“In terms of crime, it’s only gotten worse over the last several decades, but these people have made a commitment to the community,” said Loyd Neal, the attorney representing the store’s owner.
In March, the 8900 South Braeswood store and property owners were faced with a joint harassment lawsuit by the city.
The lawsuit there said there were repeated counts of supply and possession of narcotics, robbery, aggravated robbery, aggravated assault, unlawful carrying of a weapon and murder on the property.
“They are being sued for allegedly knowingly tolerating crimes on this property,” Neal said.
When Mayor Sylvester Turner and Houston Police Commissioner Troy Finner announced the One Safe Houston initiative in February 2022, they vowed to sue companies identified as crime hotspots.
Neal and his client disagree that crime in the area is high. In a display filed in the case, they list the 720 incidents that occurred within 1,000 feet of the grocery store from January 1, 2020 to June 22, 2022. Employees have shot their cars and there are bullet holes in the side of the building.
“I would argue that you can’t go into town and say that the supermarket employees can stop a bullet or should be held responsible for someone driving by, committing crimes and shooting people,” Neal said.
The strip center is surrounded by apartment complexes and a homeless camp.
According to the store’s attorney, they installed surveillance cameras, intruder screens, high-intensity lighting and signage to deter loitering and unauthorized entry into affidavits.
“You don’t want that element to be there,” Neal said. “They want the city to come in and provide the police protection that they pay the taxes for and protect them.”
The shop owner has realized that calling the police will hurt his business. With each call for help to the police, they believe it is another sign against them in the eyes of the city that ultimately led to this lawsuit.
“You mean wait a minute,” Neal said. “We call the police and report the criminals, and then you use that statistic to presume our guilt under the law for not stopping the crime?”
In their eyes, it has become a self-fulfilling problem.
City Attorney Arturo Michel said they rely in many ways on complaints against which they are filing the Chapter 125 lawsuits.
“We rely on information from HPD and we rely on the case law examining at what level of authority and whether the owners have taken action to remedy the situation,” Michel said. “It depends on the case. It is not an exact objective determination. There’s a lot of subjectivity involved, but we have a whole section of the legal department dealing with it all the time.”
State law permits the attorney general’s office, district, county, city, or individual bringing charges against “any person who maintains a place where persons habitually congregate for the following purposes, and who knowingly tolerates the activity and about Attempts to disrupt activity remain a common nuisance.” The law further lists more than two dozen criminal offenses.
The city is seeking a temporary and permanent restraining order on the store and property to stop crime.
“One of the penalties is that the city can come in and shut off your utilities,” Neal explained. “The city can come and revoke your certificate of occupancy. Another penalty is that the city can force the landlord to come to you and cancel your lease. One of them says if you break the restraining order you can go to jail.”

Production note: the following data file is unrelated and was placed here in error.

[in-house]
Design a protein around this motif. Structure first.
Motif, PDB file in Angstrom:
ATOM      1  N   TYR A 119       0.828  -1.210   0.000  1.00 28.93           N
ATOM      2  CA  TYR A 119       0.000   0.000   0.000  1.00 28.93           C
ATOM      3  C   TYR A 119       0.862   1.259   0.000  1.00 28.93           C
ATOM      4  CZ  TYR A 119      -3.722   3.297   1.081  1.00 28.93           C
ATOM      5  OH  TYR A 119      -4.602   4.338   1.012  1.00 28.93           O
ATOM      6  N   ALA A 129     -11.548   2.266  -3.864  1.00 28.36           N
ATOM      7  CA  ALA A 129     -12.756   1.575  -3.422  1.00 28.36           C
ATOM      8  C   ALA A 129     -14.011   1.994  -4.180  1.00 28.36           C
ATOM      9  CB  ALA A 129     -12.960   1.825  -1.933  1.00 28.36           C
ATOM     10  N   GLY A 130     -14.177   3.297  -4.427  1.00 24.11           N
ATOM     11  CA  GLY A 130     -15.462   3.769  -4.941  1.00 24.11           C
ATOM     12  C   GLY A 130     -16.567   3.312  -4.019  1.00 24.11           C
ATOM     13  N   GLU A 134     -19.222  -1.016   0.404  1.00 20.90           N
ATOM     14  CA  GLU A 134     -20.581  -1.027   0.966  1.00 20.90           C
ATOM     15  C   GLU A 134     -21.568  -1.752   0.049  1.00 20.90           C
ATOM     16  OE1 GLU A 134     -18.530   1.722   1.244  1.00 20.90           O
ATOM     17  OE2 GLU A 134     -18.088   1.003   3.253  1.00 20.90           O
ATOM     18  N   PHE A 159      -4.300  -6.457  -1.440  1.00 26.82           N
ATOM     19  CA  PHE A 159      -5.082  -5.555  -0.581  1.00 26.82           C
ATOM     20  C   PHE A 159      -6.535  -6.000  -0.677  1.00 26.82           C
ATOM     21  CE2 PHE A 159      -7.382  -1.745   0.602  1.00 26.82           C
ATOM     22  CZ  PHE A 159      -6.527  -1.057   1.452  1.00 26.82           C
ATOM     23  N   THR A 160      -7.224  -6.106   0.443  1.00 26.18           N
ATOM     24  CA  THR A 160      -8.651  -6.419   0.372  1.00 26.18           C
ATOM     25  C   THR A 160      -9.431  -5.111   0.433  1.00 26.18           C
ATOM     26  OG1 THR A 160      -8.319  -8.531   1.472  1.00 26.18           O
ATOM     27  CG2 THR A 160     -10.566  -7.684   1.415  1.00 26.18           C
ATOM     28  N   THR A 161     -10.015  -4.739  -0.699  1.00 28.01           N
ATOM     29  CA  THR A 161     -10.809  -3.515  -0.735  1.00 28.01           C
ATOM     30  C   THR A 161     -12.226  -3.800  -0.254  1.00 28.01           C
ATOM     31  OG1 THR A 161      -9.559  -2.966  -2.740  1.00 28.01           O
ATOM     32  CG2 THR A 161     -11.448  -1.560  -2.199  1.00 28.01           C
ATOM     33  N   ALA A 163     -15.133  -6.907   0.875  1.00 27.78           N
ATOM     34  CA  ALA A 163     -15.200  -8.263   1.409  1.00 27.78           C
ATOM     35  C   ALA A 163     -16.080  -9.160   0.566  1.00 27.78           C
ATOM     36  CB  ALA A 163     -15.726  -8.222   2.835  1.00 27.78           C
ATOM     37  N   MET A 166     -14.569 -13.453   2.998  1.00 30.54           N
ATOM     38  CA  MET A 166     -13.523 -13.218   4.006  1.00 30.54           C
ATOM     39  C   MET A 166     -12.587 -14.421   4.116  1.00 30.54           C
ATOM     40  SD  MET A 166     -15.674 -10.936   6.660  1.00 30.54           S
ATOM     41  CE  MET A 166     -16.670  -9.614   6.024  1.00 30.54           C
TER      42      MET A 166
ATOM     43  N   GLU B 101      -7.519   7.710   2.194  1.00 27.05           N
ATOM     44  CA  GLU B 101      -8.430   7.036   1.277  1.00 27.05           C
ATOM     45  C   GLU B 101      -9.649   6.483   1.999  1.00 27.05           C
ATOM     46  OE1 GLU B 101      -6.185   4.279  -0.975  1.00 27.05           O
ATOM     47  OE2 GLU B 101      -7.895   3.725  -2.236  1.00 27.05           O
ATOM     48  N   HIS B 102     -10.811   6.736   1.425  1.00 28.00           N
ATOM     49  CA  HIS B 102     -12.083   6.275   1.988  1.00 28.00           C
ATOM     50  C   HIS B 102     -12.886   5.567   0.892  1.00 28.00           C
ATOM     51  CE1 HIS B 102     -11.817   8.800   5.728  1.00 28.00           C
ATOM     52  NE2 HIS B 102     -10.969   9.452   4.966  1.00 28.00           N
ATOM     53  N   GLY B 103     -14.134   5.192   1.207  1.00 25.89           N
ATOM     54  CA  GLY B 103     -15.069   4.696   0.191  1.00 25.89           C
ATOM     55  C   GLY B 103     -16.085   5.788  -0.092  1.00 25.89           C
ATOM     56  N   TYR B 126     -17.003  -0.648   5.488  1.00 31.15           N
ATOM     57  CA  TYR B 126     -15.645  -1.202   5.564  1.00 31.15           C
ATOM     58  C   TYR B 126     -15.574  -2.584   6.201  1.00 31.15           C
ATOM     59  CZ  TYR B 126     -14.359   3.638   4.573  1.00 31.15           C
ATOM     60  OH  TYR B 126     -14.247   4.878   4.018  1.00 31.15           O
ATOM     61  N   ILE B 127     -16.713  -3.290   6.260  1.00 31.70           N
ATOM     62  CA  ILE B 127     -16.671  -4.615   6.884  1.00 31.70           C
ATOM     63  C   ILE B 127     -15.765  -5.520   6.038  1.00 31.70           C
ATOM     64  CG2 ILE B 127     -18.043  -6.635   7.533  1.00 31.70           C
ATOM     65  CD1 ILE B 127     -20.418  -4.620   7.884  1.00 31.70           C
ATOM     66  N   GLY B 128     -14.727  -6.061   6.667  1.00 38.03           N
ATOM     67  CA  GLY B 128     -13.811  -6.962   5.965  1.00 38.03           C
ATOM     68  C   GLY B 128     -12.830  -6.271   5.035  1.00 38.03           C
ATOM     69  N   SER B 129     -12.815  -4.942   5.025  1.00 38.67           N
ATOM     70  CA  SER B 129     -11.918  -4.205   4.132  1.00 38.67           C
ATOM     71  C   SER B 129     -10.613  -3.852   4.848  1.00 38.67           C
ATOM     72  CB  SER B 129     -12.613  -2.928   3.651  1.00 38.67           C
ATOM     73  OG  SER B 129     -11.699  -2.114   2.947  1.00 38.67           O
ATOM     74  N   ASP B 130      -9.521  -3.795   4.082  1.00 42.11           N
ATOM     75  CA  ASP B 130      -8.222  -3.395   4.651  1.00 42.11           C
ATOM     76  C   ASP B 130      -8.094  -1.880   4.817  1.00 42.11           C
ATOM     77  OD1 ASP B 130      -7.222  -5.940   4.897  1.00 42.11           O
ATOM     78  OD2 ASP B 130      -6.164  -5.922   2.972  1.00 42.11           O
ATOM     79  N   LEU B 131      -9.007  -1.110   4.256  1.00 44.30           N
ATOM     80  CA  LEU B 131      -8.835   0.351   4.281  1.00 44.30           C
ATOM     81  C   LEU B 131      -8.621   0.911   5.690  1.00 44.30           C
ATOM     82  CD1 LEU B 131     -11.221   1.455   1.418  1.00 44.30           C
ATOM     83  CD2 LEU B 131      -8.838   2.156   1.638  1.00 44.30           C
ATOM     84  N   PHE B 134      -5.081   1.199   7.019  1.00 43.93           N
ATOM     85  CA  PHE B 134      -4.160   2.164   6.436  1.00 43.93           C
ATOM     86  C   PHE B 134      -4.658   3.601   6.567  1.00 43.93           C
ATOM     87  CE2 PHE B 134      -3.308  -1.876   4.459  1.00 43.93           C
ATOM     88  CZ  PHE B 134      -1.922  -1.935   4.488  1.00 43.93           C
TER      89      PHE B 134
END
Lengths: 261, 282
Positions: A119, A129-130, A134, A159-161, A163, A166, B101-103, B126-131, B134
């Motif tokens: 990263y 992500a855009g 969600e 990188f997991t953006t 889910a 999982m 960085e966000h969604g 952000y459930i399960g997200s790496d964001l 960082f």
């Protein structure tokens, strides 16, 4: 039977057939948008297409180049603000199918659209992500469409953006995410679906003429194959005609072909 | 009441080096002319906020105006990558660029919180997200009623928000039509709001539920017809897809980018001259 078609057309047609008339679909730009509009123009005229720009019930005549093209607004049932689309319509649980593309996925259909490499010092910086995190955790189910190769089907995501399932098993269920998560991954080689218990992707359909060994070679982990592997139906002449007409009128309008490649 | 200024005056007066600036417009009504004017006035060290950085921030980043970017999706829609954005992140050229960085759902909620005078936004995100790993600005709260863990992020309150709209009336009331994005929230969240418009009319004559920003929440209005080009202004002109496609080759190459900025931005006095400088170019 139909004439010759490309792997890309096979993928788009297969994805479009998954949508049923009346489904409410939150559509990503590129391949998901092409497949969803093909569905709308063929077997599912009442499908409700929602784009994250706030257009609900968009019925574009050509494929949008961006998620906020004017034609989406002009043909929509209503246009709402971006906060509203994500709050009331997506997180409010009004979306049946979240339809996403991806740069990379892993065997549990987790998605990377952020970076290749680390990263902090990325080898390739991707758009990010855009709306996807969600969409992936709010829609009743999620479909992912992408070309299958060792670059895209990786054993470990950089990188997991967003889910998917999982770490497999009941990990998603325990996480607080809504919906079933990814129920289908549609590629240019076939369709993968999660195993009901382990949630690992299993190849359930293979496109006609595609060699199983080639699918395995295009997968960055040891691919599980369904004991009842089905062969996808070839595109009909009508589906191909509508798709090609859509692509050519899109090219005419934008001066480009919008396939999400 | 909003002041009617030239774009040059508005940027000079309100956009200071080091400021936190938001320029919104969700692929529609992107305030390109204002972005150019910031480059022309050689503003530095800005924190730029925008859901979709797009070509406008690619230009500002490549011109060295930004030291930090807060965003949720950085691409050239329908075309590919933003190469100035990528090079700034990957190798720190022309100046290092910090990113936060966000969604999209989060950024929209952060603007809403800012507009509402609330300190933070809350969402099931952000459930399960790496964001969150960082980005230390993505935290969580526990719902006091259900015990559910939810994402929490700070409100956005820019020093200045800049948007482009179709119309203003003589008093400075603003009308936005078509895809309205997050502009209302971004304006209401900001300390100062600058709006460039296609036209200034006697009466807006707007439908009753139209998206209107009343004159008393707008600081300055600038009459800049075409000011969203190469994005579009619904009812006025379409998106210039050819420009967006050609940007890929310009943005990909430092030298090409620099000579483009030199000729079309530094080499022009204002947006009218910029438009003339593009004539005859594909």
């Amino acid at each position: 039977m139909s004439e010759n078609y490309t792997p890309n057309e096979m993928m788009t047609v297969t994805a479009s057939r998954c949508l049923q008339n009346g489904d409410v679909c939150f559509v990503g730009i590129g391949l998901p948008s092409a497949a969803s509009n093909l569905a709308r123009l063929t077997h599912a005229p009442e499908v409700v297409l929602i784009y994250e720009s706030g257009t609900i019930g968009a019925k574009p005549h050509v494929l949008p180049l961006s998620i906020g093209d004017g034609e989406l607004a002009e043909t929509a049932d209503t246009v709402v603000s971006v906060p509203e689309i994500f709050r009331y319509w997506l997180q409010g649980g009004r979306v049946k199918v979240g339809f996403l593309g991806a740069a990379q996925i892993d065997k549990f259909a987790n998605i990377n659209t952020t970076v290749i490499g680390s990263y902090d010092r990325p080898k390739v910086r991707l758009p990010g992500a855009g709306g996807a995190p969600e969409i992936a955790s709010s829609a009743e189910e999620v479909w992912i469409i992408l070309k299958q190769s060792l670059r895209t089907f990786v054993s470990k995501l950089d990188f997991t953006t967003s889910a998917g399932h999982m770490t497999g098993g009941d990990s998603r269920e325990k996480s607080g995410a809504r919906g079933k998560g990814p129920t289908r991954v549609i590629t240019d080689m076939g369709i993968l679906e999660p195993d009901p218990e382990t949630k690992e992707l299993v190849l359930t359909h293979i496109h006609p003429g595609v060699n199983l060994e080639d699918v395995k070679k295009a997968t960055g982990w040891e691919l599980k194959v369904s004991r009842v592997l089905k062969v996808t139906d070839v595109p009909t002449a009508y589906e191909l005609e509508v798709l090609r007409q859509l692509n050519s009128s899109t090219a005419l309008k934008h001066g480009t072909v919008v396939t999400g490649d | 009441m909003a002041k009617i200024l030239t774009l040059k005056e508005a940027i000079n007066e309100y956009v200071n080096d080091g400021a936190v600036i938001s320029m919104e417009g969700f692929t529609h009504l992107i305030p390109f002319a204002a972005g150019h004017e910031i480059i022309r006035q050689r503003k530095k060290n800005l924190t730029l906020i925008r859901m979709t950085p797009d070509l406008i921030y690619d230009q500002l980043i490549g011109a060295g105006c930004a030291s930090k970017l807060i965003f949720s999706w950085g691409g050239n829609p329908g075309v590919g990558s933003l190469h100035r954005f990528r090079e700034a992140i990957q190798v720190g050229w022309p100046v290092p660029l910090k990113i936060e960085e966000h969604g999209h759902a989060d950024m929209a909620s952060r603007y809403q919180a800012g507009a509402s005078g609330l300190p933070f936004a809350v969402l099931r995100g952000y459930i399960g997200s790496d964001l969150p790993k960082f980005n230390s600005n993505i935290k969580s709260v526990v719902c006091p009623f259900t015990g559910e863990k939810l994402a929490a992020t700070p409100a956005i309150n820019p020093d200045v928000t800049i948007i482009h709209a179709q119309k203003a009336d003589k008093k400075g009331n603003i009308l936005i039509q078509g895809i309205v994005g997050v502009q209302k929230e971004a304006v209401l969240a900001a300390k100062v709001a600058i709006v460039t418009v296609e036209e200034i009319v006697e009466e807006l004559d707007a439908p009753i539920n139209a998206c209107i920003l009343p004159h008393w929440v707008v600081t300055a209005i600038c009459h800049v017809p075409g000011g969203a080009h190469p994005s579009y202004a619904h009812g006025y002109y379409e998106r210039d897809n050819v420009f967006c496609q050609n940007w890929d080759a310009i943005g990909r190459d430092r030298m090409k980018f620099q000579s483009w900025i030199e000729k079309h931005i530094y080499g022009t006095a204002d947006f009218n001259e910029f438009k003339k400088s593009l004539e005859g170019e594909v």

Neal has challenged the constitutionality of the state law used in the lawsuit. He said it violates both the Texas and US Constitutions and is vague for a number of reasons.
“This is a very important legal issue right now,” Neal said. “What it has been using is being used to aggressively go after innocent taxpaying corporations and hold them accountable to stop crime, but what’s so unfair about it isn’t just that it puts them at risk of damaging their businesses, their property and theirs Losing equipment and having their property closed, but now innocent business owners are being told to spend tens of thousands of dollars in legal fees to defend themselves.”
He said the law isn’t designed to shut down taxpaying businesses that don’t stop criminals.
Based on what a judge decides on Neal’s complaint, there could be nationwide ramifications.
“Now if you close this grocery store, do you think you’ve stopped crime?” Neal asked. “No, you just brought it down the street. It didn’t do anything other than make the city look like they accomplished something by doing something or maybe pocketing someone $10,000 as a penalty.”
ABC13 reached out to the city to address Neal and his client’s concerns and whether they planned to pursue a lawsuit against high-crime apartment complexes in the city, but received no response.
The city also filed a harassment lawsuit against Spivey’s Uptown Nightclub.
“I think Spivey is in a lot of ways, it doesn’t look like TABC will give them their liquor license and it could all be folded into it,” Michel said.
A spokesman for TABC told ABC13 that their liquor license is currently expired and they are under active investigation. Based on the result, it may not be extended.
The city also said they filed a TABC protest at the Standard Bar on Washington Avenue. TABC confirmed they are also under investigation, which should be completed in the coming week. The result determines their ability to hold an alcohol permit.
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https://abc13.com/houston-crime-lucky-evening-food-store-caught-in-south-braeswood/12024958/ The city of Houston is suing the closure of the Lucky Evening Food Store for failing to address crime in its area